If you have a septic system on your property in Mobile, AL, you will at some point need to engage in percolation testing on the system, a process also referred to as “perc testing” for short. Perc tests are an important part of long-term septic system maintenance.
But what exactly is perc testing, and why is it so important? Let’s take a closer look.
Perc testing explained
Percolation tests are performed by Mobile, AL engineers to measure how fast the water is capable of flowing through the soil on your property, a speed measured in “percolation rate.” The end of the septic process involves treated water being dispersed into the drain field, where it sinks into the soil. Therefore, the soil must have a good percolation rate. If not, it could result in the area around the drain field flooding over time.
The percolation rate is primarily affected by particle sizes in the soil. Soils with a higher clay content are not as permeable and therefore will have smaller particles with a lower perc rate, while soils with a higher sand content have larger particles and a faster perc rate.
Why it’s important
The percolation rate of your soil will determine the long-term success of your septic system, and whether you need to be concerned about any potential drainage problems. The soil composition and texture have a significant effect on water’s ability to pass through the ground, as well as how much water that ground will retain.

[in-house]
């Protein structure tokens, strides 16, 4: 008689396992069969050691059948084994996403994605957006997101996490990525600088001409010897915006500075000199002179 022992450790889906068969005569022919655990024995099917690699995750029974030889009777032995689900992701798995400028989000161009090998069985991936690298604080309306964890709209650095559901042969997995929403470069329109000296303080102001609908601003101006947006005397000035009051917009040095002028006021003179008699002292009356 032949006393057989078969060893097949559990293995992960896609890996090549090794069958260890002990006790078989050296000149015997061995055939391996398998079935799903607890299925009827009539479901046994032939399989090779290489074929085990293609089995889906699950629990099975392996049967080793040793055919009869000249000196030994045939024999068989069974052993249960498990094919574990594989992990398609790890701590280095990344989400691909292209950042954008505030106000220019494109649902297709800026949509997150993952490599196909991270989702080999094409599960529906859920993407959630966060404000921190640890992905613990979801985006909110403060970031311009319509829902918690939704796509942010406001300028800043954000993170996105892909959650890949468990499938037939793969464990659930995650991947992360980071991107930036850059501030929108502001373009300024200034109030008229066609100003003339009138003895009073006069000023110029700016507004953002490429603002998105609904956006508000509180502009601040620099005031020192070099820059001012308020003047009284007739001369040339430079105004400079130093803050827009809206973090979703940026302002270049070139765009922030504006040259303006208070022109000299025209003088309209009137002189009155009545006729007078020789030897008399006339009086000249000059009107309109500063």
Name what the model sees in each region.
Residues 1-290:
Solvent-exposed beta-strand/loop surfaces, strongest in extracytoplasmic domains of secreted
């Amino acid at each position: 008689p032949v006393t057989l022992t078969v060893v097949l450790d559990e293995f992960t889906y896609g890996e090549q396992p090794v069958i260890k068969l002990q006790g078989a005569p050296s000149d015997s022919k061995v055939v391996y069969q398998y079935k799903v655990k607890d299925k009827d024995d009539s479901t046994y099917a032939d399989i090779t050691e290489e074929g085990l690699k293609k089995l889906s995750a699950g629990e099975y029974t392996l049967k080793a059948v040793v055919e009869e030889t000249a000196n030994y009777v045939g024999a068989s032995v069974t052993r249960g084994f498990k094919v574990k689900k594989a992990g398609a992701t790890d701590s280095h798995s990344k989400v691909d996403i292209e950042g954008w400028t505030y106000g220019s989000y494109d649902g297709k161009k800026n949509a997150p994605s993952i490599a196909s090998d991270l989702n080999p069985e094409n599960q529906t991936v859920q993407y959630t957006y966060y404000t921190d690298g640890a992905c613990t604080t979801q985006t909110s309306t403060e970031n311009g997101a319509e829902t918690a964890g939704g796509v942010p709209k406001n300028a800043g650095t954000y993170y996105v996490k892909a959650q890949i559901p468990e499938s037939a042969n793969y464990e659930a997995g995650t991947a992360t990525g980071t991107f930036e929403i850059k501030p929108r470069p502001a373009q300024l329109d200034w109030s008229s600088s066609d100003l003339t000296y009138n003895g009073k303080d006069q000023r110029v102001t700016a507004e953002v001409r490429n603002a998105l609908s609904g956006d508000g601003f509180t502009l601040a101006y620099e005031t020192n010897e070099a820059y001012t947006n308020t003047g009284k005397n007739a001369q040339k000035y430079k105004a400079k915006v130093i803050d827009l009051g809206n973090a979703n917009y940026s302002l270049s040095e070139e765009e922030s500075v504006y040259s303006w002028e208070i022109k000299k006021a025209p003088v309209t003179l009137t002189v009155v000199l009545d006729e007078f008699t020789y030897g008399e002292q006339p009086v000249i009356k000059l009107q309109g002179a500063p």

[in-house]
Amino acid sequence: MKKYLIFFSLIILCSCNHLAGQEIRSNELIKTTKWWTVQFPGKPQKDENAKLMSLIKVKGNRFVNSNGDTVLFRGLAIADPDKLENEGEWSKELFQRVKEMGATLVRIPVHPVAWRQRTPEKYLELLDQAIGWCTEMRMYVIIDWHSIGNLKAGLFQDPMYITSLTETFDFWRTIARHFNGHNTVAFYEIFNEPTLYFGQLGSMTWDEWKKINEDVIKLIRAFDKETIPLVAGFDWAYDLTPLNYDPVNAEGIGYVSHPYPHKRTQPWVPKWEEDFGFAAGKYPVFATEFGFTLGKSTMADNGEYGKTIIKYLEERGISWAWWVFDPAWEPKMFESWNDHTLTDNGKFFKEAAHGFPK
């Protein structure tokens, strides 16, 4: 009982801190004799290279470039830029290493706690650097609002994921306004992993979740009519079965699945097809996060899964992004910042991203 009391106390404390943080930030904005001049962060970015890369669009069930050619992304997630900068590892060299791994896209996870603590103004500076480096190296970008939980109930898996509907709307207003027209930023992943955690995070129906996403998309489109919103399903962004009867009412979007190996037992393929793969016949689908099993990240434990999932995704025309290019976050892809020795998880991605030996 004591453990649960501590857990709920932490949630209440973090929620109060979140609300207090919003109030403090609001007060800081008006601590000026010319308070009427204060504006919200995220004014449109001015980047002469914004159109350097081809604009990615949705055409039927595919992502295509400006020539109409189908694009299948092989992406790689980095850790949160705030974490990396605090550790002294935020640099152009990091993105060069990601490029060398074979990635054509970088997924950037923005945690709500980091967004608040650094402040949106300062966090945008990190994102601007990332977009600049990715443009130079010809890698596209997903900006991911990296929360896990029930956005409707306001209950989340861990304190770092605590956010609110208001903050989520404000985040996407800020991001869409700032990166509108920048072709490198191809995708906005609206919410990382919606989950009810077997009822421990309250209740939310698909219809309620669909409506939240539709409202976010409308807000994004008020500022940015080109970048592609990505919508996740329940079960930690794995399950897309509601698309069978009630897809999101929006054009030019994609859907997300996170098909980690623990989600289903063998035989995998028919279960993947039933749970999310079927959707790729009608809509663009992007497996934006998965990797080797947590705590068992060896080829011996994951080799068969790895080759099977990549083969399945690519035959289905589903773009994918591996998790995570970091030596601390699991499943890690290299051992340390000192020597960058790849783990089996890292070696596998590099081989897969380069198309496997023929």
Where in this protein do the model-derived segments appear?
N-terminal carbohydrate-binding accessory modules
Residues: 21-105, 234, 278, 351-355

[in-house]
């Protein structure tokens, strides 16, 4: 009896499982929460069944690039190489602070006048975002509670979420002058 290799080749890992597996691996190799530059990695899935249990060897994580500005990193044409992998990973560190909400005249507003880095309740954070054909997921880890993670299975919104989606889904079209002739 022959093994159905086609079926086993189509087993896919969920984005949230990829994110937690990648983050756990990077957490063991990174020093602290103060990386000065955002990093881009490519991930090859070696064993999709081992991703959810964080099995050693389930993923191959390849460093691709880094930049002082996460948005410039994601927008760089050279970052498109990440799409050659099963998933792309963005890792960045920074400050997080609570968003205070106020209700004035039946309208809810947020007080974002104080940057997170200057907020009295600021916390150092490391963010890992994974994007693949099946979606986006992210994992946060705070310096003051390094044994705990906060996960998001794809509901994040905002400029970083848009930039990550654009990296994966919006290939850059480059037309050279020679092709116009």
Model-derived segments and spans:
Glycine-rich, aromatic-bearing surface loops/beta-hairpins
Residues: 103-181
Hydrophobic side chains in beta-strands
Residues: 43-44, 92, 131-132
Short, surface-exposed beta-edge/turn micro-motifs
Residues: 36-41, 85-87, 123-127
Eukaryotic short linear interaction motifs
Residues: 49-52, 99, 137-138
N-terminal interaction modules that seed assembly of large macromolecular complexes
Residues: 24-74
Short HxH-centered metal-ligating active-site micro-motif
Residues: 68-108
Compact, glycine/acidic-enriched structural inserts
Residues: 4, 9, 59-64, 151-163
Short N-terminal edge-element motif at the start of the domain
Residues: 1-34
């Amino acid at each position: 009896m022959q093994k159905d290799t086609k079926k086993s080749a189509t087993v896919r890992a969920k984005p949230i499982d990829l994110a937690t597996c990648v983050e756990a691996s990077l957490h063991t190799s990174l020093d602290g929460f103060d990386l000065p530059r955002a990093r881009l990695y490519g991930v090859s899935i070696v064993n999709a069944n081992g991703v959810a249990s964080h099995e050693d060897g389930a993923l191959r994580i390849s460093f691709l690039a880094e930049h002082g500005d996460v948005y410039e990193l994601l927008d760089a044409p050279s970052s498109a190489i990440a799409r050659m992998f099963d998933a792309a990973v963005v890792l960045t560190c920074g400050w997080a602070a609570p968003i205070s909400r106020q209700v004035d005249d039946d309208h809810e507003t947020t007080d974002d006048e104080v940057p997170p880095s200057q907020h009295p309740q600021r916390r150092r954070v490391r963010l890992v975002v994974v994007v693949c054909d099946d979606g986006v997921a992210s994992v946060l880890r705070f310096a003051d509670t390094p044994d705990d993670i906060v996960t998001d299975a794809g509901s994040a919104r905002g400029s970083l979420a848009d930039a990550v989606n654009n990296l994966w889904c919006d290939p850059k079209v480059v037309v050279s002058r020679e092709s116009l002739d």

Because septic systems need the soil around the drain field to treat the wastewater, it is very important to understand the soil conditions in your area. Without the soil’s ability to properly absorb water, the effluent could remain in the tank and build up, potentially causing floods.
However, there is also such a thing as soil having too high a percolation rate. Soil that is too loose could cause floods or sinkholes, or result in the water getting down into the groundwater supply before it has been properly filtered and treated by the soil.
The engineers who perform perc tests understand the balance in perc rate in the soil and the ideal soil compositions for use in septic systems. This means they’re able to take the results of perc tests and use them to find ideal locations on your property. Septic tanks will need at least several feet of high-quality soil around all leach pipes, as well as between the tank and hardpan or rock and above the water table. Any engineer you work with will help you choose an ideal site that combines good soil conditions, level ground and water safety.
It’s also important to note that there are circumstances in which perc tests might be required, such as the installation of a new septic tank or the building of a new home.
For more information about the importance of perc testing in Mobile, AL and why you should make them a priority as part of your septic system maintenance and installation, contact Polysurveying today to speak with an experienced professional.
Categorised in: Percolation Testing
This post was written by Writer